I just finished my usual 2 km walk picking up trash along my section of the Cockshutt Road in Norfolk County. For about the last 2 years I have separated the tim hortons litter and kept. It is amazing how much waste I have collected.
The trash can I have been storing it in is totally full. I have begun to fill large clear plastic bags.
Any thoughts on how to use this as positive leverage against TH for the litter crisis their causing across Canada.
I'm a first-year environmental studies student at the University of Waterloo. For one of my courses this semester, it requires that we do a group project where we address a Canadian environmental issue and come up with a strategy to solve it/make a positive impact. My group has decided to target and raise awareness about Tim Horton's coffee cup (and more) litter.
We know that it's a very difficult task nor is it profitable for a business like Tim Hortons to stop using disposable cups as they run on convenience. Thus, we would like to raise awareness about the environmental implication of litter as well as start a petition for Tim Hortons to start an initiative where they give customers a 10 cents discount for bringing their own mug just like Starbucks does giving Canadians an incentive to bring their own reusable mugs. We are very much in the planning stages for our little project right now.
If you could send us pictures of the amount of Tim Hortons waste you've picked up, perhaps we can use it to demonstrate to Canadians the magnitude of the issue. We are also looking to contact local politicians, university staff and students to endorse our petition. Any suggestions or feedback is welcome!
Thank you for reaching out. I’m excited to hear about your initiative. We’re also currently working on a petition in this respect and have shared a lot about the environmental impact of Tim Horton's campaign(s) on social media (feel free to check out the Zero Waste Canada’s FB page to learn more).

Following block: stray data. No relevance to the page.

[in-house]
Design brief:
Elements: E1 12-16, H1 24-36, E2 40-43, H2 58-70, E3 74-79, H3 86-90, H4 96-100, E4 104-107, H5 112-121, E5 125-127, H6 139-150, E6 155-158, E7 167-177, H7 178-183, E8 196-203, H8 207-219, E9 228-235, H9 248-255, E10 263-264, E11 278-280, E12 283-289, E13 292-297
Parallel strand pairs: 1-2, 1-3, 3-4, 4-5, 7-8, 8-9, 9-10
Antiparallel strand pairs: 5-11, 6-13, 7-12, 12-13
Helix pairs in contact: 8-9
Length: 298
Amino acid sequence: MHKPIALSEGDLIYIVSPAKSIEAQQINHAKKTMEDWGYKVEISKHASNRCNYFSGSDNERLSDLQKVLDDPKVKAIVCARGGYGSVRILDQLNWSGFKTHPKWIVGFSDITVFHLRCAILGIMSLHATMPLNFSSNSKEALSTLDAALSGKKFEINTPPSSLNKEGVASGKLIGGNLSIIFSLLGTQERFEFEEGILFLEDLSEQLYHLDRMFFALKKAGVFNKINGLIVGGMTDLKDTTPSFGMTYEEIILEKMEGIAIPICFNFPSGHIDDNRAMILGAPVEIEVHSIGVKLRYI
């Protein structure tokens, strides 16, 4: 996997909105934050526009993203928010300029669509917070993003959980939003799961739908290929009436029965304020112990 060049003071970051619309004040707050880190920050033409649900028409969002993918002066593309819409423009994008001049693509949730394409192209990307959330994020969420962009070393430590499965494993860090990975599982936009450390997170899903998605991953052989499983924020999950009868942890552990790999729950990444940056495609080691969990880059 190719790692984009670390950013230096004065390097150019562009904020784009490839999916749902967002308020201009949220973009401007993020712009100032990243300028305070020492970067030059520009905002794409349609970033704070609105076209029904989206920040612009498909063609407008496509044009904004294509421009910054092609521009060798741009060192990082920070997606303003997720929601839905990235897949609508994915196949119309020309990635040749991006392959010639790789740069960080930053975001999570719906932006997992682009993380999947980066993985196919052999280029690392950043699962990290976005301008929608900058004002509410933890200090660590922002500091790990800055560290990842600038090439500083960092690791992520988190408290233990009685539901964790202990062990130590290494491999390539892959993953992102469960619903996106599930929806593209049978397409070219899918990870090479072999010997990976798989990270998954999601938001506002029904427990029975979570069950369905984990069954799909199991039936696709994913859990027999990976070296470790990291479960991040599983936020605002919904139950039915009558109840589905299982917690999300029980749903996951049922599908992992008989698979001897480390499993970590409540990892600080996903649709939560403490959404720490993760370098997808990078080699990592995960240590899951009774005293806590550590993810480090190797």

May I give you some additional ideas: We’re usually telling organizations to charge for single-use items (e.g. single-use coffee cups) rather than giving discounts for BYO (bring your own). Charging for single-use has shown to be a much more effective way of shifting behaviour (similar to charging for plastic bags at supermarkets). It's basic psychology. People don't want to "pay more than others."
If you reach out to Tim Horton’s customer service, be prepared to receive their standard response that goes something like this: “Tim Hortons relies entirely on our own advertising, research, marketing and product planning departments for the generation and development of new concepts, including our lids and cups.”
You could reference, for example, that RBI (the company owning Tim Horton’s as well as Burger King) has this sentence on their website about waste reduction “Reducing waste throughout our operations continues to be a key area of focus, for both our corporate facilities and across our restaurants."
So, feel free to reference this piece of information when you write to them and ask how this fits in with Tim Horton’s single-use promotions. ;-)
Also, if you want to get a lot of information on numbers in this regard, contact Greenpeace Canada and the Surfrider chapters. They tally branded waste during beach cleanups and publish those shocking numbers.
If you and your peers are cleaning up litter and want to magnify the impact, tweet these pictures (or share them on instagram) with the hashtag #isthisyours
I hope this helps.
All the best,
Zero Waste Canada
Some years back, TH and McD gave a iscount if you brought your own Reuseable cup, but then stopped. I had suggested to our Ont gov't that they "encourage" (not force as it causes a reaction) such companies by offering a small tax incentive, to bring back that program pointing out that the cost of the "encouragement" could be recouperated through less garbage on roads & in parks to be cleaned-up and disposed AND that it would help attract more tourism. Never got any sort of reply.